When potential future lawyers are starting to think about the LSAT, but not yet ready to start studying for the test in earnest, we often recommend that they brush up on their reading skills by perusing denser publications like The Economist.
Taking that recommendation one step further, we have previously broken down an Economist article the way we’d look at it on the LSAT. The basic strategy is to summarize the purpose of each paragraph (in as few words as possible), and then to anticipate the main point, primary purpose, and author attitude in the passage, as well as any other key elements (such as examples) that often crop up in the questions.
We’re back at it in the white vans today (shut up, we’re cool and hip) with some international intrigue. Smoking! It’s largely discouraged here in the States (side note: Who else is old enough to remember when you went to a restaurant and they’d ask whether you wanted to be in the smoking section or the non-smoking section), but those silly Europeans love their cigarettes, at least as far as I can tell from my several days in Paris.
Normally, as I mentioned above, I am a strong advocate for pausing after each paragraph to identify the purpose of that paragraph — I’ve found that it makes a huge difference in preventing yourself from getting so bogged down in the details that you lose sight of the overall passage structure. However, since the paragraphs in this article are so short, we’ll take a more laissez-faire approach.
Here’s how to play along at home: read the article, identifying any key structural elements like background information, details, and opposing viewpoints. After you’re done, write down the main point (1-ish sentence), the primary purpose (a few words), and the author’s attitude (a few words). Here’s the article again — readysetgo!
Back already? Cool. Let’s compare notes. Here’s what I’ve got:
The passage starts by providing the context, which is that a proposed ban was scrapped. We already have an idea that this will be what we at Blueprint call an antithesis passage, meaning that there will be two opposing viewpoints. We’ll say that Viewpoint #1 are the people who wanted the ban (the previous government), and Viewpoint #2 is overturning the ban.
The passage goes on to describe some concessions Viewpoint #2 made to #1. You’ll often find something similar in LSAT passages — even if someone falls mostly on one side of a debate, they’ll usually admit at least some merit to the other side.
Then we get the reasoning behind Viewpoint #2 from our friend Heinz-Christian Strache (has a more Austrian name ever existed?), who makes the argument for overturning the ban.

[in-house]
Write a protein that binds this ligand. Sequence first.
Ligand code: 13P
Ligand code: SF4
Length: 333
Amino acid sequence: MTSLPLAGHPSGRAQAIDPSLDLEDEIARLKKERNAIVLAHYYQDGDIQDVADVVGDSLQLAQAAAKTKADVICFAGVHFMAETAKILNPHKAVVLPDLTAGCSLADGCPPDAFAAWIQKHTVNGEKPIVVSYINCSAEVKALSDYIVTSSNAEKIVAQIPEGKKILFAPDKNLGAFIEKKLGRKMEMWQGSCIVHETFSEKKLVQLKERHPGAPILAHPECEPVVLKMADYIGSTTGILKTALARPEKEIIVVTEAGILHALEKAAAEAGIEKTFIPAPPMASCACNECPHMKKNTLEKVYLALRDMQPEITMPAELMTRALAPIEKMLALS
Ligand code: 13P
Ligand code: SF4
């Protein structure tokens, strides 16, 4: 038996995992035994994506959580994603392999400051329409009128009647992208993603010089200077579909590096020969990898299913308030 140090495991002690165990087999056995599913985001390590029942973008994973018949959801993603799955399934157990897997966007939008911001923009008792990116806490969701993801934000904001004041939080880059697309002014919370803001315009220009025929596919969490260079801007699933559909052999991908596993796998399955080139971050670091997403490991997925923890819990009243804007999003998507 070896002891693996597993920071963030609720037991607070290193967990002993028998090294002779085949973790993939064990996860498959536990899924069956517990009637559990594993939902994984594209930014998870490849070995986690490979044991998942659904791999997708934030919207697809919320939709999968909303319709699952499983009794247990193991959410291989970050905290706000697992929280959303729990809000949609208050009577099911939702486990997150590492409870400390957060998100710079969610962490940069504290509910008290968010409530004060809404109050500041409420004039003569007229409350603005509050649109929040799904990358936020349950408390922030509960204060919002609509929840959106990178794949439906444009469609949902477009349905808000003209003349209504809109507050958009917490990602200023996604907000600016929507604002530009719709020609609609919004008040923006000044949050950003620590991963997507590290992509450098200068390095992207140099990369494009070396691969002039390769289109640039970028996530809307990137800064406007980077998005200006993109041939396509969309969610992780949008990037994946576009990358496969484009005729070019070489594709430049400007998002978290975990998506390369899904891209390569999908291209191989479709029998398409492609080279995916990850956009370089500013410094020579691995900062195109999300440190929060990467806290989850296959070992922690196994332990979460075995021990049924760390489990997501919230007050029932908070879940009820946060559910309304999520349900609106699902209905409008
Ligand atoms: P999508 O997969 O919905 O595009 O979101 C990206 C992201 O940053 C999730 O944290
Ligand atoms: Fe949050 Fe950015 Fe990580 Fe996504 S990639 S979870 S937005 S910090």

The following paragraph gives some reasoning in favor of Viewpoint #1 – primarily that the existence of smoking sections fails to contain the smoke, when the rules are even enforced. It also includes a sick burn, which is that Austria is apparently the “ashtray of Europe.” Plus, you know, people die and stuff.
After citing that cheery statistic, the passage hints at some implied criticism of Viewpoint #2, suggesting that overturning a ban that was developed via referendum may somewhat contradict a campaign promise to have more referendums. The passage explains a bit of the party’s reasoning, and then ends on a strong note for Viewpoint #1, with a representative of that viewpoint saying that the party is “making a deliberate decision today in favour of death” (!!).
So, now that we’ve analyzed the structure of the passage, let’s talk about those three key elements. Your summaries of the main point, primary purpose, and author attitude …
Main point: A political party overturned a proposed smoking ban, angering the ban’s proponents.
Primary purpose: To explain a recent development and give context for why it happened
Author attitude: Neutral — the author doesn’t pick a side, although each viewpoint gives plenty of ‘tude, which you’d need to be clear on for the questions: Viewpoint #2 was concerned about restricting freedom of choice, and Viewpoint #1 had health concerns.
Since the viewpoints were pretty strong, you’d expect plenty of questions along the lines of “Which one of the following would proponents of the ban be most likely to agree with?” There’s also plenty of facts in the article, so you’d be likely to see some questions along the lines of “Which one of the following was stated as a reason for the ban?” (or its even more devious counterpart, “Which one of the following was NOT given as a reason for the ban?”).
Reading Comprehension on the LSAT is difficult primarily because you have to train your brain to read in a different way than you’ve done in the past, so the more you can start thinking along these lines, the better off you’ll be for the actual test. So what are you waiting for? Grab your favorite dry, fact-based publication and dig in to some articles!